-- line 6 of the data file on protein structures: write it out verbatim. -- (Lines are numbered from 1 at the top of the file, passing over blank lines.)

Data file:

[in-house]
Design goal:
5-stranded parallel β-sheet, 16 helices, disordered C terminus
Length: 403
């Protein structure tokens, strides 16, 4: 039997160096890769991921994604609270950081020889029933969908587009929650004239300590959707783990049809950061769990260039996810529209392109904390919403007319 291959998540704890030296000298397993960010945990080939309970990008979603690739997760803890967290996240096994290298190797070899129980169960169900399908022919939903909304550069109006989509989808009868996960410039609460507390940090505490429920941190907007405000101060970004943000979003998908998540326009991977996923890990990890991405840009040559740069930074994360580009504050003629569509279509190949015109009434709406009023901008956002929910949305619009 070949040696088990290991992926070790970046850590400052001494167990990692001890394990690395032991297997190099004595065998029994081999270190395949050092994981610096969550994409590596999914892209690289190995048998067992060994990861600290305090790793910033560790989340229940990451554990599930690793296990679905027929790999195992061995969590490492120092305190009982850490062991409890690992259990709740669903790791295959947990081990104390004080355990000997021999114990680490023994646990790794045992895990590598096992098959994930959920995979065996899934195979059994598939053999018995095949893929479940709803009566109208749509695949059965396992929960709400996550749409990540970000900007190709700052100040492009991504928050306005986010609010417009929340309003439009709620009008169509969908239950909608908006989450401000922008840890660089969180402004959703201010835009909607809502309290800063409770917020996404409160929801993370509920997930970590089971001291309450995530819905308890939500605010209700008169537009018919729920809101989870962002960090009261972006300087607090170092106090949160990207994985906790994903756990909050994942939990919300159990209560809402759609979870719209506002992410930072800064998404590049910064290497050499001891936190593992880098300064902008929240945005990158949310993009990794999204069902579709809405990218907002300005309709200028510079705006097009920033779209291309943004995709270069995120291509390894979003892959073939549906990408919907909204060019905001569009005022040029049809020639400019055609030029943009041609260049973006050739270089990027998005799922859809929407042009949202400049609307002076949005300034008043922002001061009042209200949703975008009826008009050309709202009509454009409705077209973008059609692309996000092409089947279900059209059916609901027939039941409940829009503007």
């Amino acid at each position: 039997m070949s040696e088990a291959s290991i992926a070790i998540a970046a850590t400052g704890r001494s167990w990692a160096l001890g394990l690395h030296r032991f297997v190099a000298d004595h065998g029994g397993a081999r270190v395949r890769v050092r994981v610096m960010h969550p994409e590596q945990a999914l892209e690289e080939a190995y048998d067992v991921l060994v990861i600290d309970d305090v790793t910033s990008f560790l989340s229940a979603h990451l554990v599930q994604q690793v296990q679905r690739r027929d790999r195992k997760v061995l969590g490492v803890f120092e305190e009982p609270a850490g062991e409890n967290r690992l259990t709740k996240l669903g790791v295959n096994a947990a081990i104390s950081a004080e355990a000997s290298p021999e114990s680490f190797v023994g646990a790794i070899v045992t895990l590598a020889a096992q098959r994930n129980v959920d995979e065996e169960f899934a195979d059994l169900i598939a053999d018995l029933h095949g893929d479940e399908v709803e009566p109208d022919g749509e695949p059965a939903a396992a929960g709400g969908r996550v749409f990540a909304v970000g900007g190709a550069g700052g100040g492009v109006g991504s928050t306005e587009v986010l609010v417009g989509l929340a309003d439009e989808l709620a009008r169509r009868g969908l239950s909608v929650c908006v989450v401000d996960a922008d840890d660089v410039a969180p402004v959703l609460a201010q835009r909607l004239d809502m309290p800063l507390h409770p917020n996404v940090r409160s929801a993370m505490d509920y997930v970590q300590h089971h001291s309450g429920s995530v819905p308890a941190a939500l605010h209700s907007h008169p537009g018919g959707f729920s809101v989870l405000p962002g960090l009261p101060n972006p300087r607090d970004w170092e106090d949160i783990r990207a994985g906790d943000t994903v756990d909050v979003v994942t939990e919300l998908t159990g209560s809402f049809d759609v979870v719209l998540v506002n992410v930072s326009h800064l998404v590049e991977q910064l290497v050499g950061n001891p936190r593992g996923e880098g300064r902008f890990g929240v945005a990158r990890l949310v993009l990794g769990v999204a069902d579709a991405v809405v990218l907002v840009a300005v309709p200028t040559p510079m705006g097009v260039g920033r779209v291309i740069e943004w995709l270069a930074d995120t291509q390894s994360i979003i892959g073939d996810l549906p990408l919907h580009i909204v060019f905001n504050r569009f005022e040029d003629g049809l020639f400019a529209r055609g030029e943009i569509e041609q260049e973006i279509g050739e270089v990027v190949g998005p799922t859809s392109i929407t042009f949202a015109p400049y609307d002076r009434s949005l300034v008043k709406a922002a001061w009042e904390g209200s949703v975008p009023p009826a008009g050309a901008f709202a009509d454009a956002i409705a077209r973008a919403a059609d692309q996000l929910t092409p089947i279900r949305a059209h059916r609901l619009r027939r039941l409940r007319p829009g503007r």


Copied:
């Amino acid at each position: 039997m070949s040696e088990a291959s290991i992926a070790i998540a970046a850590t400052g704890r001494s167990w990692a160096l001890g394990l690395h030296r032991f297997v190099a000298d004595h065998g029994g397993a081999r270190v395949r890769v050092r994981v610096m960010h969550p994409e590596q945990a999914l892209e690289e080939a190995y048998d067992v991921l060994v990861i600290d309970d305090v790793t910033s990008f560790l989340s229940a979603h990451l554990v599930q994604q690793v296990q679905r690739r027929d790999r195992k997760v061995l969590g490492v803890f120092e305190e009982p609270a850490g062991e409890n967290r690992l259990t709740k996240l669903g790791v295959n096994a947990a081990i104390s950081a004080e355990a000997s290298p021999e114990s680490f190797v023994g646990a790794i070899v045992t895990l590598a020889a096992q098959r994930n129980v959920d995979e065996e169960f899934a195979d059994l169900i598939a053999d018995l029933h095949g893929d479940e399908v709803e009566p109208d022919g749509e695949p059965a939903a396992a929960g709400g969908r996550v749409f990540a909304v970000g900007g190709a550069g700052g100040g492009v109006g991504s928050t306005e587009v986010l609010v417009g989509l929340a309003d439009e989808l709620a009008r169509r009868g969908l239950s909608v929650c908006v989450v401000d996960a922008d840890d660089v410039a969180p402004v959703l609460a201010q835009r909607l004239d809502m309290p800063l507390h409770p917020n996404v940090r409160s929801a993370m505490d509920y997930v970590q300590h089971h001291s309450g429920s995530v819905p308890a941190a939500l605010h209700s907007h008169p537009g018919g959707f729920s809101v989870l405000p962002g960090l009261p101060n972006p300087r607090d970004w170092e106090d949160i783990r990207a994985g906790d943000t994903v756990d909050v979003v994942t939990e919300l998908t159990g209560s809402f049809d759609v979870v719209l998540v506002n992410v930072s326009h800064l998404v590049e991977q910064l290497v050499g950061n001891p936190r593992g996923e880098g300064r902008f890990g929240v945005a990158r990890l949310v993009l990794g769990v999204a069902d579709a991405v809405v990218l907002v840009a300005v309709p200028t040559p510079m705006g097009v260039g920033r779209v291309i740069e943004w995709l270069a930074d995120t291509q390894s994360i979003i892959g073939d996810l549906p990408l919907h580009i909204v060019f905001n504050r569009f005022e040029d003629g049809l020639f400019a529209r055609g030029e943009i569509e041609q260049e973006i279509g050739e270089v990027v190949g998005p799922t859809s392109i929407t042009f949202a015109p400049y609307d002076r009434s949005l300034v008043k709406a922002a001061w009042e904390g209200s949703v975008p009023p009826a008009g050309a901008f709202a009509d454009a956002i409705a077209r973008a919403a059609d692309q996000l929910t092409p089947i279900r949305a059209h059916r609901l619009r027939r039941l409940r007319p829009g503007r």